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I am working on a website for which I hope to have an application for as well. Because of this, I am creating PHP API's which will go into my Database and serve specific data based on the method/function called.

I want to protect these API's from misuse however, and I plan on implementing Authentication Digest to do so. However one of the OS's I want to support is Android. And I know that a malicious user would be able to reverse engineer the Android app and figure out my authentication scheme.

I am left wondering:

  1. Is there a better way to protect these API's from misuse?
  2. Is there a way to prevent a malicious user from reverse engineering the app and potentially seeing the source code for it, enabling them to see my authentication scheme?
  3. If none of these are preventable, then is my only option to have a Username/Password cred specifically for the Android app, and when eventually hacked, change the creds and issue an update for the app?
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Wait, so your going to have one username/password for all users and not one per user? If so, why? To prevent misuse, right - but if anyone can download the app anyway what misuse exactly are you trying to prevent? – James Jun 5 '12 at 23:42
I was (and even still, am) lacking a lot of experience in this field of security. My main concern was with someone hacking the Android app, and figuring out how to make "authentic" posts to my db. I guess I've come to terms that there isn't really a way to prevent it. Or maybe there is but I don't have the experience nor resources to implement it. The best that I could come up with was implement a unique hash of each user's un/pass inside the authenticate request, then authenticate server side with their password. At least this way I can track if any user has made malicious requests. – edc598 May 17 '13 at 16:34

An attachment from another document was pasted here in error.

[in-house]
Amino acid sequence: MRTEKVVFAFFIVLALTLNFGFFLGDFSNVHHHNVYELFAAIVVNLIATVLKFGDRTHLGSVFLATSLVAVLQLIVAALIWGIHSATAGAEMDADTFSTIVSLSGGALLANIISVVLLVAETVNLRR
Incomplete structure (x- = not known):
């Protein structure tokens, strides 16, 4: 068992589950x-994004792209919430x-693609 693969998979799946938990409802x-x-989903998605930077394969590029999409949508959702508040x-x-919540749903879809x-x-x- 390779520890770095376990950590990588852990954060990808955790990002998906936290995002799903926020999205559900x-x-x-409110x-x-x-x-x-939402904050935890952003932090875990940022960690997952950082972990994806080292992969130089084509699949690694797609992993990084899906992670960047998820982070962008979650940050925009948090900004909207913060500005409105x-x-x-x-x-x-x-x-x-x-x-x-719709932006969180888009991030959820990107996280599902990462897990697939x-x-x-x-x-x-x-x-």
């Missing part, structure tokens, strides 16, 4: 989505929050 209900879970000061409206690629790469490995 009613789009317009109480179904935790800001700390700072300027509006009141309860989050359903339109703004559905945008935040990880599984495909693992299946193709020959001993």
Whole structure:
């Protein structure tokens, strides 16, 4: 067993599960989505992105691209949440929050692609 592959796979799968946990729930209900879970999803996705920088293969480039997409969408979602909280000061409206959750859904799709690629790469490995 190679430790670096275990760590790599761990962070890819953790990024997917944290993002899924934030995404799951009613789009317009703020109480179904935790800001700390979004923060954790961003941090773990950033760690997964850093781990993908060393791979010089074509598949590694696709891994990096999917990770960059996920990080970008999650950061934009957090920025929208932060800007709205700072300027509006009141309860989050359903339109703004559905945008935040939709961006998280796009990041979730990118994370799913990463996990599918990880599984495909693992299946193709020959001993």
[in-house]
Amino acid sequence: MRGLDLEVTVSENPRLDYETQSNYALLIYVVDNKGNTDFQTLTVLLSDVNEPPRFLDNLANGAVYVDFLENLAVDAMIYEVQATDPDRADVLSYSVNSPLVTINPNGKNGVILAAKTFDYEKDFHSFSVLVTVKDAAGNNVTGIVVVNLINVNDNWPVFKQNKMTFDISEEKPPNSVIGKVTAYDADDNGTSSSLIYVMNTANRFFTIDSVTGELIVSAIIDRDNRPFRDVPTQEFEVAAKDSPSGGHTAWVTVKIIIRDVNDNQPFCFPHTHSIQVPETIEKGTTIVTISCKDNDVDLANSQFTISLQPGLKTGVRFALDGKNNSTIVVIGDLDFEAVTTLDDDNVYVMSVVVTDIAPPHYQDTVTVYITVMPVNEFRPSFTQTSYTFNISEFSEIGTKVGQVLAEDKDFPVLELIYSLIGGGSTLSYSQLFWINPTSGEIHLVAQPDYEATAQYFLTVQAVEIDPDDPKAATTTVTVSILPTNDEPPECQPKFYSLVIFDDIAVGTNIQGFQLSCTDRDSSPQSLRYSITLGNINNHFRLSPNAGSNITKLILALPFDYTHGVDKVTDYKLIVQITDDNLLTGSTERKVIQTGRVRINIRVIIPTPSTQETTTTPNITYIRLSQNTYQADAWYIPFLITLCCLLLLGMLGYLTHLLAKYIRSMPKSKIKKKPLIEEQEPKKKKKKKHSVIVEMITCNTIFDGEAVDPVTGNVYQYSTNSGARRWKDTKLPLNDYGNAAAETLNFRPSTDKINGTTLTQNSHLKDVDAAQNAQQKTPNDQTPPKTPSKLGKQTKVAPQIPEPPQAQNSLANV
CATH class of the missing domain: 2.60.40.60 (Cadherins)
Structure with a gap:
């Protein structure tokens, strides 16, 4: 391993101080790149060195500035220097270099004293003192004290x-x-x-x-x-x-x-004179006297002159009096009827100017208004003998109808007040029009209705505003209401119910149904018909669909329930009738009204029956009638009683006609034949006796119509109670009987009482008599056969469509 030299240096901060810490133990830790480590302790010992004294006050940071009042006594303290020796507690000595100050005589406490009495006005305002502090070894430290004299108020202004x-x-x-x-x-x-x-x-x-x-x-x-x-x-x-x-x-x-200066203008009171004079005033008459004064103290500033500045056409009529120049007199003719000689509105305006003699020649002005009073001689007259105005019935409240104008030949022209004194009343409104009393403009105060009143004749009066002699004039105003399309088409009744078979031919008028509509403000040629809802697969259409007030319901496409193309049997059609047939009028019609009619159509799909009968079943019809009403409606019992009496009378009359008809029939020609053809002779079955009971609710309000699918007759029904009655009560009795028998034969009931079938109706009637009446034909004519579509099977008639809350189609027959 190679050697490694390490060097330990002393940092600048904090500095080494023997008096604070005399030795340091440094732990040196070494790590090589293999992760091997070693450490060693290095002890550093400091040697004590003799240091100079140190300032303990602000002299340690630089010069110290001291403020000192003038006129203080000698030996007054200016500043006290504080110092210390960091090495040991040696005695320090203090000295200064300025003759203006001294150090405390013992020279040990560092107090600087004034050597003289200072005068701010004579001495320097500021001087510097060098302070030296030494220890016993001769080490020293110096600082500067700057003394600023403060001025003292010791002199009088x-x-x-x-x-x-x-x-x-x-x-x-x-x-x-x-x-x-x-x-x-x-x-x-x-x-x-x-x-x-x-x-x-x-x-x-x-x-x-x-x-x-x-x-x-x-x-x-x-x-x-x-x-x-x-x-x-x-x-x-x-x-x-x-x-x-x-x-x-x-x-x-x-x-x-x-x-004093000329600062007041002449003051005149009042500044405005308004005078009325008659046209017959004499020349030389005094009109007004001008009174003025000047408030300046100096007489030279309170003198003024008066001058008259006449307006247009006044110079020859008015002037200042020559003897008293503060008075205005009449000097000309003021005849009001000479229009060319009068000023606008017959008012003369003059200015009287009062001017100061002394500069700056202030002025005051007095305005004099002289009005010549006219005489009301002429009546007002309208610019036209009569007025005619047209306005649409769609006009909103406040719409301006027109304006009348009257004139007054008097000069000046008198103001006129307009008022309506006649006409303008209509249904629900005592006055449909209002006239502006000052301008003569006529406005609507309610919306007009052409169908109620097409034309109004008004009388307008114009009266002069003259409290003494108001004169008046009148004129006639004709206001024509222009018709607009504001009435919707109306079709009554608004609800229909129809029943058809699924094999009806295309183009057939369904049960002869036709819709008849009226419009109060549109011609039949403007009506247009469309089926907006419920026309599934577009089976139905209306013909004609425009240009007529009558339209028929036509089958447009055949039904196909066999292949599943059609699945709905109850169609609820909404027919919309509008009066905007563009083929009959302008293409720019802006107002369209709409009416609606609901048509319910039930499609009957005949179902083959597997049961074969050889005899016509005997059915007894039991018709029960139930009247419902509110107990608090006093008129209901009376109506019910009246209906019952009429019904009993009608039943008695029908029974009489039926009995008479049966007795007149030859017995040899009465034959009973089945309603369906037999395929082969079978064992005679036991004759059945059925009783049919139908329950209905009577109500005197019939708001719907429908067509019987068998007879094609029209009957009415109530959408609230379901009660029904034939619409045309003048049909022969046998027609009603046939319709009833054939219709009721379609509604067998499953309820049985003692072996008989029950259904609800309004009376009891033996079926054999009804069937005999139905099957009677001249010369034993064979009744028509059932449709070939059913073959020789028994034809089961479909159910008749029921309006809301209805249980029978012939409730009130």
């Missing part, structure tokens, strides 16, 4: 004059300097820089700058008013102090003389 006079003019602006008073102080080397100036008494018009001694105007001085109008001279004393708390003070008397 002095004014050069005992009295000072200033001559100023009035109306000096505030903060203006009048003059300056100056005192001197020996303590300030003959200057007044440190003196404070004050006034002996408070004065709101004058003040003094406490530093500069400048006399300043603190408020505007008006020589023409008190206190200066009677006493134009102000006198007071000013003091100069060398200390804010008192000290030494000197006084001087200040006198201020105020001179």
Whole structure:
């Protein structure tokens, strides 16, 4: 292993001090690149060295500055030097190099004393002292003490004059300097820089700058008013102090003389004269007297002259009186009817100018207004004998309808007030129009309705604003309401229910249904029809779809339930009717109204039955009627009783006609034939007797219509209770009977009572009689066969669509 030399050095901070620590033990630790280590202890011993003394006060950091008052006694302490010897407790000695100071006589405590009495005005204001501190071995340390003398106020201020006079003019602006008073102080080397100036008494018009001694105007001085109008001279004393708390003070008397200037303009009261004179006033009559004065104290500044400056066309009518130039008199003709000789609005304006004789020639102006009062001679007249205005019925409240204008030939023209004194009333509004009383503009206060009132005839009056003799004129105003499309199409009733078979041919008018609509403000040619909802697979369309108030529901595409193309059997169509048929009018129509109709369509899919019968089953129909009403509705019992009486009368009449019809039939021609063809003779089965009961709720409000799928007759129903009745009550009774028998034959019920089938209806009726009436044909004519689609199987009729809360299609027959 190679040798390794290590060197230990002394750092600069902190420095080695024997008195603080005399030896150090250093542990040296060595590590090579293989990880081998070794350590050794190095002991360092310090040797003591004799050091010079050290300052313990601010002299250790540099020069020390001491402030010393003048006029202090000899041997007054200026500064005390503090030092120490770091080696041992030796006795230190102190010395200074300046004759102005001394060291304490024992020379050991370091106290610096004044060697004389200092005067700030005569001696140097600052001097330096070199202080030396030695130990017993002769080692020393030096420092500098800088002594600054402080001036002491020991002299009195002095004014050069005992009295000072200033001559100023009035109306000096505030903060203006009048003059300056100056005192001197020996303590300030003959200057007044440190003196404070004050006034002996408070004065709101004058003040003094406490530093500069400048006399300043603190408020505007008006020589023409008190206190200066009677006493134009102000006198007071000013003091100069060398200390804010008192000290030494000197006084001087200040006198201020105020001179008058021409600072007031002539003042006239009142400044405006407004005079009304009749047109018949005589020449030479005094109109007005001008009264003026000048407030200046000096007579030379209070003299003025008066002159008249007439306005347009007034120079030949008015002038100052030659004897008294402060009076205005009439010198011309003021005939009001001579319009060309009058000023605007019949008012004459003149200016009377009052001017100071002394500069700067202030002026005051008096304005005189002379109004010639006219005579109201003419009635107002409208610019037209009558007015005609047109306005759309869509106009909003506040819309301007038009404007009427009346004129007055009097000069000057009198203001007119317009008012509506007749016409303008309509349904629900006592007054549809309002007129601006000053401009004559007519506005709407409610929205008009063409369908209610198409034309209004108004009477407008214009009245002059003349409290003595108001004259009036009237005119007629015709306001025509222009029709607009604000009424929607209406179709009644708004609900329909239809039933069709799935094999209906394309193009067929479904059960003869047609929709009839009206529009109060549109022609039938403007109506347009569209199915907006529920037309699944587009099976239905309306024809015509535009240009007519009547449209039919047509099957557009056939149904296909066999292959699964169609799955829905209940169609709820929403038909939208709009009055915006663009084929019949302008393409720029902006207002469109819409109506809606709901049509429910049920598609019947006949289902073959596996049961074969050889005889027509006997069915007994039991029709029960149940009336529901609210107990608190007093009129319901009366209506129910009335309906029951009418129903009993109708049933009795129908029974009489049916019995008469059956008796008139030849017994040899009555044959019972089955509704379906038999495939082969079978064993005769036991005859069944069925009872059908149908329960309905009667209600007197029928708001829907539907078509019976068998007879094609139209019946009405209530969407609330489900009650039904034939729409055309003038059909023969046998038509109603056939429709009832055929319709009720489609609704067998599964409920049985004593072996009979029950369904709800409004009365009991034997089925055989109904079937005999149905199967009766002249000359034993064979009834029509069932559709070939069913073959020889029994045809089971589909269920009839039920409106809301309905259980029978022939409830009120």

In my opinion, talking about authentication, you could give a look to OAuth |

I've recently implemented a RESTful service (using other techs, .NET/NancyFX). In my case the mobile app needs access to public available content (the same published in companion website). In a case like mine the real concern wasn't security but some sort of misuse.

I've protected my service using an API Key:{api-key}/xyz. Valid keys are stored in a persistent repository (in my case a mysql instance) and checked on every request. This worked great for me.

You may also find this useful too |

share|improve this answer
just don't bother with OAuth 2.0 :… – gbjbaanb Aug 4 '12 at 18:19
OAuth 2.0 perhaps not, but all authentication schemes get convuluted in very-very-very short time (SAML, WS-*, HTTP, they ALL wanted to be simpler than their predecessors, and all of them were marketed this way). OAuth 1 is easy and logical – Aadaam Aug 5 '12 at 0:20
Yea I looked into OAuth. Like gbjbaanb pointed out with his link, I found implementing it a little beyond my abilities. I like your idea about using an API Key. I'll look into that a little more. I assume this would make it easier to block someone from using my services should I find any evidence of misuse? – edc598 May 17 '13 at 16:40

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